The Framework of the Internal Revenue Service

Just what exactly is the IRS?

Many can describe what the Internal Revenue Service (IRS) does through personal experiences, some good and some bad. Have you ever wondered, though, just what the IRS is? The IRS is a branch of the U.S. Treasury Department, and it is supervised by a Commissioner who is appointed by our President.

Though its main headquarters are in Washington, D.C., the IRS has regional campuses that process over 200 million tax filings, including over 145 million individual income tax returns. These campuses collect over one trillion dollars in tax payments each year. They are located in Andover, Atlanta, Austin, Cincinnati, Fresno, Brookhaven, Kansas City, Memphis, Ogden, and Philadelphia. The IRS also consists of local offices that reside in major cities.

The IRS is composed of multiple divisions that are organized according to their function. As a result of the Internal Revenue Service Restructuring and Reform Act of 1998, the IRS now functions under four major operating divisions: Small Business/Self-Employed (SB/SE), Wage and Investment, Tax-Exempt and Government Entities, and Large Business and International. Each of these divisions has its own organizations. For example, the SB/SE division contains Collection, Campus Operations, Examination, Specialty Taxes and Communications and Stakeholder Outreach.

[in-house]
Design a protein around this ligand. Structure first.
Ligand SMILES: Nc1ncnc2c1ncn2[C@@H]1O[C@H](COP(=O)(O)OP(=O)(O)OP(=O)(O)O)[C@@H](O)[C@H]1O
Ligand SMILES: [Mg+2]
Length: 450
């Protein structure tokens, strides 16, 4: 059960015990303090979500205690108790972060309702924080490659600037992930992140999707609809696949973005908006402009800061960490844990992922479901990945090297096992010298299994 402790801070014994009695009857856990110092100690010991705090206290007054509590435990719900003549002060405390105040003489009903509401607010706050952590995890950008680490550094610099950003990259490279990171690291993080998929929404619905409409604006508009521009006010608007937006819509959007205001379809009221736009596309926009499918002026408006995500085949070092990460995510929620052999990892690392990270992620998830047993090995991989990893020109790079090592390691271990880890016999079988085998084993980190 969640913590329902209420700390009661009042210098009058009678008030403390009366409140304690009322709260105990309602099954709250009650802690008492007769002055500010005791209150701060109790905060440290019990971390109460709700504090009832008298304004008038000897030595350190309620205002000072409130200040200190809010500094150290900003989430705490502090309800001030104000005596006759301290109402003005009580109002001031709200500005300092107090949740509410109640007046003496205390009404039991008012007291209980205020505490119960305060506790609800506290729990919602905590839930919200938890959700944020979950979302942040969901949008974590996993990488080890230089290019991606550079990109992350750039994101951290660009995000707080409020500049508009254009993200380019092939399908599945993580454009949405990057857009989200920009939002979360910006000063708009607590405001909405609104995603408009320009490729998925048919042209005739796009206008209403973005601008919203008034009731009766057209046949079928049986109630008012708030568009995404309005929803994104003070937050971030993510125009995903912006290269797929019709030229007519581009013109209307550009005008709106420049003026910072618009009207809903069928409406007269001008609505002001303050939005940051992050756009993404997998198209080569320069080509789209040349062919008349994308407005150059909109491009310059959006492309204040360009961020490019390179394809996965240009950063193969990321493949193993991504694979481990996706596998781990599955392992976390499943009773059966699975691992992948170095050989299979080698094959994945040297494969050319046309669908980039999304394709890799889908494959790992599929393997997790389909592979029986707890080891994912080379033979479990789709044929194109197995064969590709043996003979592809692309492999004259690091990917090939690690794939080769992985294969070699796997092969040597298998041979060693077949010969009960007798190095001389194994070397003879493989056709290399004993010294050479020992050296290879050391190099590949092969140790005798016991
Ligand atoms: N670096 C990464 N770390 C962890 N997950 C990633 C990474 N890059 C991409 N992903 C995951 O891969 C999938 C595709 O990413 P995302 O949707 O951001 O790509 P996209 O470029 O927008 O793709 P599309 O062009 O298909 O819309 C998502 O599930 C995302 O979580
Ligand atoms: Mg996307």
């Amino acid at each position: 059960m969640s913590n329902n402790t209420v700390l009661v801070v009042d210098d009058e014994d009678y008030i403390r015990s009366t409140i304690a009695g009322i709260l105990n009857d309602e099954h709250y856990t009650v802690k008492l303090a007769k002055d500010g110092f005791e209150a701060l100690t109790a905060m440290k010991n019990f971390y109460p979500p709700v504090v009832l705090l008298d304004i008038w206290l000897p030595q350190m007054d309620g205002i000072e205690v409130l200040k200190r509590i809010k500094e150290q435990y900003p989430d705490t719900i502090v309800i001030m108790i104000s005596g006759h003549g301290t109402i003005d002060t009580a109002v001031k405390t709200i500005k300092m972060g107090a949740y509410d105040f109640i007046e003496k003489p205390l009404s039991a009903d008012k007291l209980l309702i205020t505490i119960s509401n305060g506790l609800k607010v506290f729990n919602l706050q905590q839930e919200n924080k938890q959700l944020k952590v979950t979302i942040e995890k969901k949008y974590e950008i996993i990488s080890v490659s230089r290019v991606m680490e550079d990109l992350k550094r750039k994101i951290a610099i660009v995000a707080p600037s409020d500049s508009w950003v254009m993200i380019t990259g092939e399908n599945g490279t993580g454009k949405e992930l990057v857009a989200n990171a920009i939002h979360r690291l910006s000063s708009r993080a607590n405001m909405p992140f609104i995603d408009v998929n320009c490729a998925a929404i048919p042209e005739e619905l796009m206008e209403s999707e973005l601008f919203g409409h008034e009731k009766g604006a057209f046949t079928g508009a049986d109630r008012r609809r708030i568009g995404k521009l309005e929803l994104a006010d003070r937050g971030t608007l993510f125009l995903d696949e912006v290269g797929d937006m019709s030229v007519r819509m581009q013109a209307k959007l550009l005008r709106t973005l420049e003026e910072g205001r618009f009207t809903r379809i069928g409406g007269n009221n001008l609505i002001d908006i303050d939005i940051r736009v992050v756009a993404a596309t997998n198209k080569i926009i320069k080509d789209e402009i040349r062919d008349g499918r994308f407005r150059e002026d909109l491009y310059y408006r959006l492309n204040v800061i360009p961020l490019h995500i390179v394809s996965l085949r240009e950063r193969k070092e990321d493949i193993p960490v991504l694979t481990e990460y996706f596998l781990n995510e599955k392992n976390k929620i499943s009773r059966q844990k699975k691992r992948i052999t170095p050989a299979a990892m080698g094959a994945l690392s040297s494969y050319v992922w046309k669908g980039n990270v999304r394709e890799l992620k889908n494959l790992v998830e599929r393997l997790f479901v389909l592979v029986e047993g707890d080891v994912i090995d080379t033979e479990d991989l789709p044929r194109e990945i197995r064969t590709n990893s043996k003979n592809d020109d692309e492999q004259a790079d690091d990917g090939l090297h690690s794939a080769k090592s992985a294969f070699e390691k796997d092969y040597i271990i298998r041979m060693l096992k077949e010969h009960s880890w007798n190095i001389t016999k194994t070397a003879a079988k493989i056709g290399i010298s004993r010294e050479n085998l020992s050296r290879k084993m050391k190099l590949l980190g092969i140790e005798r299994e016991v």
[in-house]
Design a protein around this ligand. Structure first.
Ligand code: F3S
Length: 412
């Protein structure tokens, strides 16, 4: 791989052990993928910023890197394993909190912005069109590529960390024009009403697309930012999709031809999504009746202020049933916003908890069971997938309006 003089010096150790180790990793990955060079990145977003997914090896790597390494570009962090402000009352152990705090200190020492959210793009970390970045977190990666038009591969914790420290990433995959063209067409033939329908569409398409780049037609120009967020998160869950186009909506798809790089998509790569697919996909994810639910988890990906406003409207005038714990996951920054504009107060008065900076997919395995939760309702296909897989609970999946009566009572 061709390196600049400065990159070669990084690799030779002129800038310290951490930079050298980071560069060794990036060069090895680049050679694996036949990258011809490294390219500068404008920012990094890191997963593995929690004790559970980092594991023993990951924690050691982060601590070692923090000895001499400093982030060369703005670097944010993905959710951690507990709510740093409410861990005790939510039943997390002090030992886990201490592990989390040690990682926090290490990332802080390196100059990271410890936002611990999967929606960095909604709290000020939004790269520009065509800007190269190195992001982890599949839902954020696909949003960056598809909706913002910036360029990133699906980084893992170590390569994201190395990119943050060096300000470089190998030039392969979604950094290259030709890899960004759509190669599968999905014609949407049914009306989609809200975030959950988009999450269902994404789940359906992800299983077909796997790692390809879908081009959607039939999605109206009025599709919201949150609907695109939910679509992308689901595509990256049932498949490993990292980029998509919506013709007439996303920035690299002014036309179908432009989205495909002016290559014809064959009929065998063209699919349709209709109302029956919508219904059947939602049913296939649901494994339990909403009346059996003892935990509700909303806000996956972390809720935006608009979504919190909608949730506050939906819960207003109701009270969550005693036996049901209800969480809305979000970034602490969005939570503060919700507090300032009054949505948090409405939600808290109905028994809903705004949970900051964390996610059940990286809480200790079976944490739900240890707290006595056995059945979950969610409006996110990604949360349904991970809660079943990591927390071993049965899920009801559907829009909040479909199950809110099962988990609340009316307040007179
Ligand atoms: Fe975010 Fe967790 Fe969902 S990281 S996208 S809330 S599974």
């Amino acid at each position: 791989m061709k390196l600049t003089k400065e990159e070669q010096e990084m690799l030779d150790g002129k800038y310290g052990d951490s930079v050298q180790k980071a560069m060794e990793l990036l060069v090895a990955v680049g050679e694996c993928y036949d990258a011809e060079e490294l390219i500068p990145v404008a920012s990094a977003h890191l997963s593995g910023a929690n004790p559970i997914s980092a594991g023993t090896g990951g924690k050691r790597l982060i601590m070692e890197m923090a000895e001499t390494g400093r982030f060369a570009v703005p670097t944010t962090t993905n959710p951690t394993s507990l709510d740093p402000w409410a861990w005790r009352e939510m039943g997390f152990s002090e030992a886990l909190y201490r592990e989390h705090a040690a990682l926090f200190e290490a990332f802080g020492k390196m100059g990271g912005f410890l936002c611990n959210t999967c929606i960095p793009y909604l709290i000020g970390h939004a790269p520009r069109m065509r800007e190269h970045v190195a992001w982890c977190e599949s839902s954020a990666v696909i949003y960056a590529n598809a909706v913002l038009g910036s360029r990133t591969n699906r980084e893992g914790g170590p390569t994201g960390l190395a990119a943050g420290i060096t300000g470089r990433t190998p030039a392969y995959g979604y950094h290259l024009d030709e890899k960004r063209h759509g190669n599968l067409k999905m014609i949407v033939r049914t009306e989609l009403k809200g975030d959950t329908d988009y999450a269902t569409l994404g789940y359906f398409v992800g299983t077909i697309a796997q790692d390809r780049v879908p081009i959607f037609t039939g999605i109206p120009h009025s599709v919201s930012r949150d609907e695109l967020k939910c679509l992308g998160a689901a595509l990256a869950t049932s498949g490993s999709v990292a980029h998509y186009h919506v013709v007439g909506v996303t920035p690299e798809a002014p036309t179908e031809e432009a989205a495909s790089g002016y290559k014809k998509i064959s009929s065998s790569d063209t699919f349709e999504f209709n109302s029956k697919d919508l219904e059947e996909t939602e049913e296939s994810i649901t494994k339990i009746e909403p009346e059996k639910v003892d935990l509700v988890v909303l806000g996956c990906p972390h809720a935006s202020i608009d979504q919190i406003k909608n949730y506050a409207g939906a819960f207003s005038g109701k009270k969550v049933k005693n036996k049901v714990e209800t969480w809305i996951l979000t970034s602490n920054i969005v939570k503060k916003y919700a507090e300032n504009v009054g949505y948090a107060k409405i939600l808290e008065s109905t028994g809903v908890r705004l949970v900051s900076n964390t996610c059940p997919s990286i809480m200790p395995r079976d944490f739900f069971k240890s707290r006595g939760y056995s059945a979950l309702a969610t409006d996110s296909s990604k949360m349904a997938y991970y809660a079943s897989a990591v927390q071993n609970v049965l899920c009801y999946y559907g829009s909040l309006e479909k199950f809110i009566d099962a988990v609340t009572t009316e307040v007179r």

Criminal investigation is the “police force” of the Internal Revenue Service. The employees are called ‘special agents,’ and they investigate taxpayers that are suspected of a potential tax crime.

Examination personnel within the IRS perform audits. The people who audit tax returns are either tax auditors working internally the local IRS office or revenue agents who often will conducts audits at a taxpayer’s place of business. The Taxpayer Advocate Service (TAS) is the IRS’ troubleshooters to call on when a taxpayer can’t get their tax problems solved through normal IRS channels. The TAS officers are found at both IRS campuses and local IRS offices.

Last but not least, collection personnel collect tax dollars from people who haven’t voluntarily and timely paid their taxes. The IRS has a computerized system called the Automated Collection System (ACS). If someone owes the IRS money, this is the program that lets the IRS know. The ACS is a highly computerized collection system staffed by ACS personnel. If you’ve ever been contacted by an IRS revenue officer, it may be because you were unfortunate enough to first be selected by ACS.

The number of IRS permanent and seasonal employees at all these levels vary from year to year. The IRS is, however, the United States’ largest federal bureaucracy and is comprised of auditors (25%), collectors (15%), and criminal investigators (3%). The other 57% of IRS personnel determine policy, run the IRS’ computer system, and answer taxpayer inquiries.

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